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Colonial Cases


Carmarthen Journal, 7 November 1828

   In Wednesday, a Jew Pedlar, of the age of 23, whose name as discovered to be G. A. Wolfe, whilst travelling through the country, died in a manner adult sudden.  From the report current there is something remarkable in his death; it would appear that he had a prescience of his premature departure from this world.   We understand that he had called at a public house on the road between Durham and Stockton, and drank a glass of ale and that soon after leaving this place, he found himself becoming rather unwell, which induced him to entreat the people of a farm house near the village of Shincliffe, not far from Durham, to allow him to have lodgings, as he was confident, he said, that he had come to die with them.  The people, however, hesitated to grant the poor fellow's request, but in his assuring them that he had sufficient means for defraying any expense he might incur, they ultimately consented to receive him.  Scarcely had the unfortunate Jew got into the house before his illness seriously increased, and notwithstanding medical aid was procured he lingered only a short time.  His box of jewellery was considered to be very valuable.  On his person was found a £5 note.  He stated, during his illness, that he was a native of Italy, but had a brother in London, to whom the surgeon who attended him had written. - Hertford Journal.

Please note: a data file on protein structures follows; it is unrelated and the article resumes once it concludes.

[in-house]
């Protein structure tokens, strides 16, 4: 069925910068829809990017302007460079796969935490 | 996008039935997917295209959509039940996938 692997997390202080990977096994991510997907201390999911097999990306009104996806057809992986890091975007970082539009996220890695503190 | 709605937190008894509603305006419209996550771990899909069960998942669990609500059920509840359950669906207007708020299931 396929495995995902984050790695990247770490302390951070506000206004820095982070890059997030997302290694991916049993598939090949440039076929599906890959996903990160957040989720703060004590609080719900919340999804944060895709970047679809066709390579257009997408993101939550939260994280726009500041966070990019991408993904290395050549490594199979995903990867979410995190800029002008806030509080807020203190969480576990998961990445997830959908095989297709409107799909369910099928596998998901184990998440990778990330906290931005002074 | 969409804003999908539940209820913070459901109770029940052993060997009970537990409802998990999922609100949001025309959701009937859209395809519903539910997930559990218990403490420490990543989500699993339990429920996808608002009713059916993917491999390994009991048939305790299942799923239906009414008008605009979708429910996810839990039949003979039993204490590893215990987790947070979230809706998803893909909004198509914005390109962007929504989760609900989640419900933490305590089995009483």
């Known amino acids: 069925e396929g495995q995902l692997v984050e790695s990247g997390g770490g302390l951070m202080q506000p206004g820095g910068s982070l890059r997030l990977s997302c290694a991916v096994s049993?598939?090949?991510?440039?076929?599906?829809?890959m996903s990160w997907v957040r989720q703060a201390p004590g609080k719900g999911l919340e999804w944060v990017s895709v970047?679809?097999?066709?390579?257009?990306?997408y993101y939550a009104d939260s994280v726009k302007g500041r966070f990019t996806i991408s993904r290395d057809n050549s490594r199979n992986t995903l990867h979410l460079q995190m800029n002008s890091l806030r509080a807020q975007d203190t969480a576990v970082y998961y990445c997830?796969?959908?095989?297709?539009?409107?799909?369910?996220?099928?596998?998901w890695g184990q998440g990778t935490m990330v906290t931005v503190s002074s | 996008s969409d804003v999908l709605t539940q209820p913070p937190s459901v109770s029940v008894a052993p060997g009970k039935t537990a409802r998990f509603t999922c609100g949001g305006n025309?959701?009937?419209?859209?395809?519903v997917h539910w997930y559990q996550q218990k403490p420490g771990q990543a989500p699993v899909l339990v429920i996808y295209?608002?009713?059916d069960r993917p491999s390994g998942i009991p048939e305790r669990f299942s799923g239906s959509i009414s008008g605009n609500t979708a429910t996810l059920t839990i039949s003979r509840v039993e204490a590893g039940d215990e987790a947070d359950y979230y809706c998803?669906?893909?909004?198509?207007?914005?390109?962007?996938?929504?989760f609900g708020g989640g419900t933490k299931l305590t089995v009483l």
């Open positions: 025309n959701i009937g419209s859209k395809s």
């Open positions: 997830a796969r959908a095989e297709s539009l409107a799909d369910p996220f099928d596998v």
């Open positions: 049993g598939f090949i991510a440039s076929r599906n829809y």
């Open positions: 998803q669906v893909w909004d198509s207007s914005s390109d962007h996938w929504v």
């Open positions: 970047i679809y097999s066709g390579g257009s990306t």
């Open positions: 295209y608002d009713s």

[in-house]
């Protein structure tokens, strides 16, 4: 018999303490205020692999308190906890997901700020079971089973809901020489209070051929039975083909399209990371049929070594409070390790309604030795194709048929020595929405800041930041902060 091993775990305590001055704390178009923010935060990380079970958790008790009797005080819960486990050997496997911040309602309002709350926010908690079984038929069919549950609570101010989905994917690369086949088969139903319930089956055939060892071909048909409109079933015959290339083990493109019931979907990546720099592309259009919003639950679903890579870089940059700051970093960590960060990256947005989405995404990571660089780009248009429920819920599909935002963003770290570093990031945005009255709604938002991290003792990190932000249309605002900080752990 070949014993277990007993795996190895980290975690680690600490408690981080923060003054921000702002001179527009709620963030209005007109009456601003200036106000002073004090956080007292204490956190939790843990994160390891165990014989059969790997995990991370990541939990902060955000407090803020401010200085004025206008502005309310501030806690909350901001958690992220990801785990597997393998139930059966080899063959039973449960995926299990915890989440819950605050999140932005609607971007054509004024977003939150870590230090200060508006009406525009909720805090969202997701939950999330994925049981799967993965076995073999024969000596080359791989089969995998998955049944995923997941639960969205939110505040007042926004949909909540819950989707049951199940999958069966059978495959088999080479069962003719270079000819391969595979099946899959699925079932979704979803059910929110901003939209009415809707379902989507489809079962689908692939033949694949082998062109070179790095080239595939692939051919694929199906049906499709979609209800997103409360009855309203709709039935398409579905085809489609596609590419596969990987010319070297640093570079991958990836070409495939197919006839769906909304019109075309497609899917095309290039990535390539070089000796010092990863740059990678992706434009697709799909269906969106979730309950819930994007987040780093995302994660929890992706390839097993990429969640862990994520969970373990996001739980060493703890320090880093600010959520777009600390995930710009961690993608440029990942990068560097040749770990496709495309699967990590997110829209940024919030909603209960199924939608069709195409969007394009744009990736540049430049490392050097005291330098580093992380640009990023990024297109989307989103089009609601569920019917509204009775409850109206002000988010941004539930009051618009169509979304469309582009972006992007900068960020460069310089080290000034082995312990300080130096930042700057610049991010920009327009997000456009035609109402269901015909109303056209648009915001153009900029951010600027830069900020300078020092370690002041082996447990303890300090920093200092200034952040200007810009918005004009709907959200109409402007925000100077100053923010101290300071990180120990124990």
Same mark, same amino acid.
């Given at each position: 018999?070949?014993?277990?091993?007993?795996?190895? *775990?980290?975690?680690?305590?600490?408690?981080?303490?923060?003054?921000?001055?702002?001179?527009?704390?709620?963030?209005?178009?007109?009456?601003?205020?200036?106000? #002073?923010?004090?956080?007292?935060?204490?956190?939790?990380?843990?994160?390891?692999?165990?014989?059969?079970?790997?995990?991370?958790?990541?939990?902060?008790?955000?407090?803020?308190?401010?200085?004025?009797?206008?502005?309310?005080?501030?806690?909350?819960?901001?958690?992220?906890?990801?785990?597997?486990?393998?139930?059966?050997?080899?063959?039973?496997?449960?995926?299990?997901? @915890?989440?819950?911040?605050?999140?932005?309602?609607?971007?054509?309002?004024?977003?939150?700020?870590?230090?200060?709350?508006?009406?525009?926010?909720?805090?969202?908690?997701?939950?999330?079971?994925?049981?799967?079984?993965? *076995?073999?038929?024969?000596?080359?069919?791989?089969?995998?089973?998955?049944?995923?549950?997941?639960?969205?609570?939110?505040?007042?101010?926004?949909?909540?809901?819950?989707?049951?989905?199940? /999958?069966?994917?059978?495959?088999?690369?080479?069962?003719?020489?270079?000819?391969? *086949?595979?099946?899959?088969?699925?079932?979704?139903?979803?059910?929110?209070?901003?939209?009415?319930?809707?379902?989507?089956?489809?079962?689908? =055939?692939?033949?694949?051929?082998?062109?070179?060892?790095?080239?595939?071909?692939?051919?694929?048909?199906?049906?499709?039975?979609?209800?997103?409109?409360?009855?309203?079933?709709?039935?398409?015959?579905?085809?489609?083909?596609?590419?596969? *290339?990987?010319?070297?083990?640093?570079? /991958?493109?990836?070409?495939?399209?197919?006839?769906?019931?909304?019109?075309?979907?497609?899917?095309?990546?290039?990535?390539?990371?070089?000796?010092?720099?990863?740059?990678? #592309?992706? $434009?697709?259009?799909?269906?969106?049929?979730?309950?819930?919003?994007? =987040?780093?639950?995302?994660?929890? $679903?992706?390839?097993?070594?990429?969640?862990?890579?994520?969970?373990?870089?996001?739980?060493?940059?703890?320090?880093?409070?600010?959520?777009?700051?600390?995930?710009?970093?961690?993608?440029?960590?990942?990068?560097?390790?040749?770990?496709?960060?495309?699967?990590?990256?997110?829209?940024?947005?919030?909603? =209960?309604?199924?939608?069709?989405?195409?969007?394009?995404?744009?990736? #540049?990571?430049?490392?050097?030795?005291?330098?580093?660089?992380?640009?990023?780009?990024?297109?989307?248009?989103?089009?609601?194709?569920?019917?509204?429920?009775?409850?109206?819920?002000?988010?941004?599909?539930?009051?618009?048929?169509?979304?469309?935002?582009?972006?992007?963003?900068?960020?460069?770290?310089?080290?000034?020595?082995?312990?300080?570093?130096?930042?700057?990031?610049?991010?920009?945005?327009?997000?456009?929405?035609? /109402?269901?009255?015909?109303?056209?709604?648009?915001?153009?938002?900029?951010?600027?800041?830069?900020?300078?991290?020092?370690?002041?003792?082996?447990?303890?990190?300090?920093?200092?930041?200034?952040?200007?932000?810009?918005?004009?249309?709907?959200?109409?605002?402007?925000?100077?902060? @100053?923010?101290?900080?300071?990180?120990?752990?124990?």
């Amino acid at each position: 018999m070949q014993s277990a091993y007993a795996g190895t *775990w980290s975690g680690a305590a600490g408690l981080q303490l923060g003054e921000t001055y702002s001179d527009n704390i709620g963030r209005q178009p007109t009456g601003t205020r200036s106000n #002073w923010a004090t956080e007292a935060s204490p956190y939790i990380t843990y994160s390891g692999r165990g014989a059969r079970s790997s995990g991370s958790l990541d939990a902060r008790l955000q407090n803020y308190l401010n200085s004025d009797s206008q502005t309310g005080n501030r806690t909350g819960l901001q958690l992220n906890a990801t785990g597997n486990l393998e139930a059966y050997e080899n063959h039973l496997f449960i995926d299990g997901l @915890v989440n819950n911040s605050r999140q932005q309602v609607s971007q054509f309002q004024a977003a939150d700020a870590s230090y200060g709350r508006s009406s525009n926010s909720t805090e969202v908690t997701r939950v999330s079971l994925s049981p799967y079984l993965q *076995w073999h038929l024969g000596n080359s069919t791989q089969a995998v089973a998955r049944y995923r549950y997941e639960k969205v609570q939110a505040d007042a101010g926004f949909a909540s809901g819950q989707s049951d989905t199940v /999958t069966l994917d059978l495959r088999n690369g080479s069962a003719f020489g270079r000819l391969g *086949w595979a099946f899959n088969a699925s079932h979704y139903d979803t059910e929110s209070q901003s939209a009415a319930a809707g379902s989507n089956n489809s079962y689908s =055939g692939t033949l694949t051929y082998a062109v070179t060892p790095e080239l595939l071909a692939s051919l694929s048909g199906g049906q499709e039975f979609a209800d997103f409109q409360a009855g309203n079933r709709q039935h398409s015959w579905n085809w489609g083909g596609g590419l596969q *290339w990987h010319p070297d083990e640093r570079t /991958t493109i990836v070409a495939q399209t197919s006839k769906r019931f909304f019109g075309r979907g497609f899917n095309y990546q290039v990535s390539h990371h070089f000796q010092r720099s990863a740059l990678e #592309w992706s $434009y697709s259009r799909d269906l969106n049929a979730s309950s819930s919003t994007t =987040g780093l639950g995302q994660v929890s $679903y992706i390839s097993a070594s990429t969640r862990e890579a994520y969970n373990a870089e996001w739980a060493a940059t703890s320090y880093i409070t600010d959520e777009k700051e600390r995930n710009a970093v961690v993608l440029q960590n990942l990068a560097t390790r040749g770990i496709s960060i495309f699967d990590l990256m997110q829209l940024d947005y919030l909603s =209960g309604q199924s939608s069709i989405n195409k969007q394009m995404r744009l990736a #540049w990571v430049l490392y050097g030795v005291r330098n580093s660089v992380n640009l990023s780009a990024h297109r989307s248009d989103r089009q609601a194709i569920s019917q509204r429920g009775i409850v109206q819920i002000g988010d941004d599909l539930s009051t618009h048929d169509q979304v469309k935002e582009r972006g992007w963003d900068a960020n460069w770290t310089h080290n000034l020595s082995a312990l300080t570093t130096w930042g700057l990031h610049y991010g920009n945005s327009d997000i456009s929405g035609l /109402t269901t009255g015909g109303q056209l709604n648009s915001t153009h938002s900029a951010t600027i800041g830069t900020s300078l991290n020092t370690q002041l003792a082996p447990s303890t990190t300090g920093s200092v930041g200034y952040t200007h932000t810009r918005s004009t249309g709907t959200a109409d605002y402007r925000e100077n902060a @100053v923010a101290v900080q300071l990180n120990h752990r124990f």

Carmarthen Journal, 21 November 1828

HORRID MURDER. - The following particulars of one of the most dreadful acts that has lately occurred in this age of crime, have just reached us:-

   On Monday last, about noon, while an aged farmer of the name of Hutchinson, residing at thorp, near Stockton-on-Tees, and his family were at dinner, one of the sons, who had been occasionally affected with insanity, seized a poker and struck his brother so violent a blow on the head as to deprive him of life instantly.  Having effected this atrocity, he took up a hatchet and struck his father two or three dreadful blows, which he continued to repeat till his head was shattered to pieces, and he fell dead at his feet.  The fury of the murderer was next directed against his brother-in-law, who had attempted to save his father and brother, but who was at length obliged to run out of the house, and escaped with a slight wound.  The servant girl, dreadfully alarmed, attempted also to escape, but the infuriated maniac assured her that he would do her no harm.  He then dressed himself in his brother's clothes and mounted a horse, which he rode to Sedgefield, a distance of five miles, where he regaled himself at a public-house, and then returned towards his father's farm; whole on his way home he was met by the constables, who secured him with some difficulty & after having undergone an examination before the Magistrates, he was committed to gaol at Durham.  The particulars of the inquest we have not heard, nor are we informed of the exciting cause of the fatal paroxysm, except that it arose out of some family dispute about money affairs. - Leeds Mercury.

Published by Centre for Comparative Law, History and Governance at Macquarie Law School